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The regional impact of the single currency


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  • Martin Hallet


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    The essential feature of a monetary union is the irrevocable fixing of nominal exchange rates of participating countries? currencies. Regions, as sub-units of Member States, will not be directly affected by such a decision since they have - by definition - no access to nominal exchange rate changes or monetary policy which in any case should never have been instruments for economic stabilisation at the regional level. Indirectly, however, the reduction of transaction costs as provided by the euro will give all regions of participating countries better access to the Single Market and will affect regions? competitiveness. To the extent that transaction costs between previously different currency areas cease to exist within a single currency area, integration effects occur on goods, capital and labour markets. The so-called "New Economic Geography" gives some indications on the impact of integration on trade and investment, whereas integration effects on the labour market should be marginal. The impact will vary more between regions of different Member States rather than between specific types of regions. Regions in the small, open peripheral Member States participating in EMU are likely to have relatively greater integration effects than regions in the core Member States whose exchange rates with main economic partners have already been stable for a long time.

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    Paper provided by European Regional Science Association in its series ERSA conference papers with number ersa98p27.

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    Date of creation: Aug 1998
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    Handle: RePEc:wiw:wiwrsa:ersa98p27

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    1. repec:fth:iniesr:430 is not listed on IDEAS
    2. Krugman, Paul & Venables, Anthony J., 1995. "Globalization and the Inequality of Nations," Working Paper Series, Research Institute of Industrial Economics 430, Research Institute of Industrial Economics.
    3. Sergio Nardis & Alessandro Goglio & Marco Malgarini, 1996. "Regional specialization and shocks in Europe: Some evidence from regional data," Review of World Economics (Weltwirtschaftliches Archiv), Springer, Springer, vol. 132(2), pages 197-214, September.
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    9. Maurice Obstfeld & Giovanni Peri, 1998. "Regional non-adjustment and fiscal policy," Economic Policy, CEPR;CES;MSH, CEPR;CES;MSH, vol. 13(26), pages 205-259, 04.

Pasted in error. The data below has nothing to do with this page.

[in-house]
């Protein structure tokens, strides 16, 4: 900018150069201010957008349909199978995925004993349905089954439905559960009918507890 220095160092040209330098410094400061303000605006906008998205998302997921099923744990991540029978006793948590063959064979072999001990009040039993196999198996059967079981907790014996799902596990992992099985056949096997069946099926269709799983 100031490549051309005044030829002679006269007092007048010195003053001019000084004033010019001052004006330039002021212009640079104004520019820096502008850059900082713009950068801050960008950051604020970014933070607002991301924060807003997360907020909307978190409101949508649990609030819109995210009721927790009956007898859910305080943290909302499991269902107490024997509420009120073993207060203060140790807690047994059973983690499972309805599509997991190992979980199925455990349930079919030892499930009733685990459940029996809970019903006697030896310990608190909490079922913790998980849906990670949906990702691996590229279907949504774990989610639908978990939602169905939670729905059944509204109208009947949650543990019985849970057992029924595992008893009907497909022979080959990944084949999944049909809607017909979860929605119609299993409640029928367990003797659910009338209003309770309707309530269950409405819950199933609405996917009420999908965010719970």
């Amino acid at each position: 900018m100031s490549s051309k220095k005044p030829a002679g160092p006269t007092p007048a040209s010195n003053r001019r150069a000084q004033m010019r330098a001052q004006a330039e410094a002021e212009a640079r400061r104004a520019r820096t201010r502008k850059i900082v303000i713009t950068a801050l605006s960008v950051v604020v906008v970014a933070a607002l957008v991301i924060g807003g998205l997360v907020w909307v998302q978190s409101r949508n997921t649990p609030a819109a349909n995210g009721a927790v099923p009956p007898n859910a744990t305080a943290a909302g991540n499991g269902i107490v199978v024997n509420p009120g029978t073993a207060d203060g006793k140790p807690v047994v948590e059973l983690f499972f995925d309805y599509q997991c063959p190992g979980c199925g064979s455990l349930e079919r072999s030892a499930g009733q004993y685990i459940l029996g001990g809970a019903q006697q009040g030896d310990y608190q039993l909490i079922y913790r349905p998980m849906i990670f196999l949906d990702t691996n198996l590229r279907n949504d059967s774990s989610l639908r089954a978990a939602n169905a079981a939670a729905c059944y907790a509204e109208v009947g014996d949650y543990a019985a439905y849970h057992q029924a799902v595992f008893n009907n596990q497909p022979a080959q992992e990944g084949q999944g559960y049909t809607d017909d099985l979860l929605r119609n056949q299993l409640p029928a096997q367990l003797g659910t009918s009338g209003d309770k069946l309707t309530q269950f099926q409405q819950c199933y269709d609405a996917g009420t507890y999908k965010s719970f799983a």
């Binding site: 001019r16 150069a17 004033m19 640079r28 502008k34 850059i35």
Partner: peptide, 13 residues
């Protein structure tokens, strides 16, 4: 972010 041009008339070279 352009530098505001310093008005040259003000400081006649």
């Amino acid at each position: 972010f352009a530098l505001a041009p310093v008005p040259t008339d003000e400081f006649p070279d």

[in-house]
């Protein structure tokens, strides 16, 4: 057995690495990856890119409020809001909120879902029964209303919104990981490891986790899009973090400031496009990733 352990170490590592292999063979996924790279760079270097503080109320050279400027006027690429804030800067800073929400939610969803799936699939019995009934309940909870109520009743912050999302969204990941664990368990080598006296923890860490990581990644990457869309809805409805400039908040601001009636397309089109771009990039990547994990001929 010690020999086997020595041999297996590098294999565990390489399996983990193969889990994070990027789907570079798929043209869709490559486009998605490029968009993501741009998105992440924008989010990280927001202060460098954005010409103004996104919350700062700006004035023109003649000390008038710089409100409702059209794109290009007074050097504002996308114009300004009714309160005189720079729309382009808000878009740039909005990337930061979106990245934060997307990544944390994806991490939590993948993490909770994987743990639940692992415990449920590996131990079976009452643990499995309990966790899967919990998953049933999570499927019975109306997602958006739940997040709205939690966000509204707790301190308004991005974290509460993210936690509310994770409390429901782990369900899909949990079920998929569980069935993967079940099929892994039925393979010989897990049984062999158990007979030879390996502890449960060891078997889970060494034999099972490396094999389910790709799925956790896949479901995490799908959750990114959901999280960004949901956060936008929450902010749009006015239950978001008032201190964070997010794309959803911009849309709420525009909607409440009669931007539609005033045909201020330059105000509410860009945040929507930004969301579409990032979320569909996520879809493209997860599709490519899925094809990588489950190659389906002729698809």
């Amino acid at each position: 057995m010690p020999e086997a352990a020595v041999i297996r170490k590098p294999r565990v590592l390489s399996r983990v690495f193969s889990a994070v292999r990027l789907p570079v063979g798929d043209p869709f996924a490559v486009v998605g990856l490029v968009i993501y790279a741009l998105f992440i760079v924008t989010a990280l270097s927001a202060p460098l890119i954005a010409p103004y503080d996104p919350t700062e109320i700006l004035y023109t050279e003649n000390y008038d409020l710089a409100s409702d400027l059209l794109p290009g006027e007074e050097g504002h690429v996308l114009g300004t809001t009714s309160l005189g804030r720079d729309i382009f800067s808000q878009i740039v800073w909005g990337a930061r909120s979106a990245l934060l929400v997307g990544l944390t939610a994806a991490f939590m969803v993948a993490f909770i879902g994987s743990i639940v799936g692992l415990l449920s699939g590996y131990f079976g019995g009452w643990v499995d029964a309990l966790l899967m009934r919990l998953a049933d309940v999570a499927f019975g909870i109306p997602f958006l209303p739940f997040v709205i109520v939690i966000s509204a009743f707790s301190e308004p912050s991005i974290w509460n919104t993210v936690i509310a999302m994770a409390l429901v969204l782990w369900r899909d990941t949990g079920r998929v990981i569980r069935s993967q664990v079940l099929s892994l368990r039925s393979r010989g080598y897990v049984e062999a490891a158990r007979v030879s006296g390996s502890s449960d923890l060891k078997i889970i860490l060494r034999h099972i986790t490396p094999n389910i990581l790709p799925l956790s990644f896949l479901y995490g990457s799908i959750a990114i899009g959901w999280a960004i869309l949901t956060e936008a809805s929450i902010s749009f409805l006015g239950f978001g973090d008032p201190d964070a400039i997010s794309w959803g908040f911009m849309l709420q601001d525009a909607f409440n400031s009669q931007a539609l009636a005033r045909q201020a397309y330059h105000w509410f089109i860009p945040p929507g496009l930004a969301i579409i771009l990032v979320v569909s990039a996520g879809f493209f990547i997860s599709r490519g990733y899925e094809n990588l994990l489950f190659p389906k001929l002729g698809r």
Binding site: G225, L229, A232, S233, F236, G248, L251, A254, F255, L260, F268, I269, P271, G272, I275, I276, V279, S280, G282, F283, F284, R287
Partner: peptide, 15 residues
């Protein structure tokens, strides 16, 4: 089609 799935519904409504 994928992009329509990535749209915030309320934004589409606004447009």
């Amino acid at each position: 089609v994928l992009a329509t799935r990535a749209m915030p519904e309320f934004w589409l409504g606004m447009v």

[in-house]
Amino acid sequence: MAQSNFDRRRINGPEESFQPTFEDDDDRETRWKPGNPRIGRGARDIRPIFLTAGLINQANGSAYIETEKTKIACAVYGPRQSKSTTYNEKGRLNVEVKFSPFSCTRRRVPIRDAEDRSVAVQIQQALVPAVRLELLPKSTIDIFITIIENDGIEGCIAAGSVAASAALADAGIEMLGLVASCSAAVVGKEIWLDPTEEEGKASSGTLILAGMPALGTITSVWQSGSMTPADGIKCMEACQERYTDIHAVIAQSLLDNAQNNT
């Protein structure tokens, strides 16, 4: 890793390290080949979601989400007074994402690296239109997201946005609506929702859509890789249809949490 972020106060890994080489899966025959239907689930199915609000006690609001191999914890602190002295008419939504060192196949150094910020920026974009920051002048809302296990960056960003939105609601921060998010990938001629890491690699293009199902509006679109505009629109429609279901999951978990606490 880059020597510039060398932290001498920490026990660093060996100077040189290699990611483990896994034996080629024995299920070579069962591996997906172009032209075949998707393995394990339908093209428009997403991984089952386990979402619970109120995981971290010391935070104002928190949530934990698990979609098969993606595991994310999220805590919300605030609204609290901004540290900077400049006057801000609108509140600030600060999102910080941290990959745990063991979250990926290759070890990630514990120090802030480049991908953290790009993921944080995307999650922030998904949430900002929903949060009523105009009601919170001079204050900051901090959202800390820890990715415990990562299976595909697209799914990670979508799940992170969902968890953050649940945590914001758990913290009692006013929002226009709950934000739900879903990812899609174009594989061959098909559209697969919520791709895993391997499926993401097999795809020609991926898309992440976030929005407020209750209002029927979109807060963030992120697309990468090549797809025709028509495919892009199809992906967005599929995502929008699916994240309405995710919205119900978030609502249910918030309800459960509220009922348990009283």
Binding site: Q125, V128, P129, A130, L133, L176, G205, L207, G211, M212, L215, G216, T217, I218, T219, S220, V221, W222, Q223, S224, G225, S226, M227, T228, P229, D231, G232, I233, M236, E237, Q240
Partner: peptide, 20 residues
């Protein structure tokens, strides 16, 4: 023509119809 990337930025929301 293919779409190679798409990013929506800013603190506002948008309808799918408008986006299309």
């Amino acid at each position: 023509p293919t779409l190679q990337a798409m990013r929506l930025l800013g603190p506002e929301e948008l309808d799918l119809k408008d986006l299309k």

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    Cited by:
    1. Longhi, Simonetta & Nijkamp, Peter & Traistaru, Iulia, 2004. "Economic integration and manufacturing location in EU accession countries," Serie Research Memoranda, VU University Amsterdam, Faculty of Economics, Business Administration and Econometrics 0003, VU University Amsterdam, Faculty of Economics, Business Administration and Econometrics.
    2. Villaverde, Jose, 2000. "Emu And Regional Disparities In Spain," ERSA conference papers, European Regional Science Association ersa00p501, European Regional Science Association.
    3. Grigori Fainstein, 2005. "The impact of trade liberalisation on adjustment of regional wages in Estonia," ERSA conference papers, European Regional Science Association ersa05p240, European Regional Science Association.
    4. Traistaru, Iulia & Nijkamp, Peter & Longhi, Simonetta, 2002. "Regional specialization and concentration of industrial activity in accession countries," ZEI Working Papers, ZEI - Center for European Integration Studies, University of Bonn B 16-2002, ZEI - Center for European Integration Studies, University of Bonn.
    5. Grigory Fainstein & Natalja Lubenets, 2004. "Economic Integration and Regional Specialisation Development in Estonia," Working Papers, Tallinn School of Economics and Business Administration, Tallinn University of Technology 106, Tallinn School of Economics and Business Administration, Tallinn University of Technology.
    6. Simonetta Longhi & Peter Nijkamp & Iulia Traistaru, 2003. "Determinants of Manufacturing Location in EU Accession Countries," ERSA conference papers, European Regional Science Association ersa03p310, European Regional Science Association.


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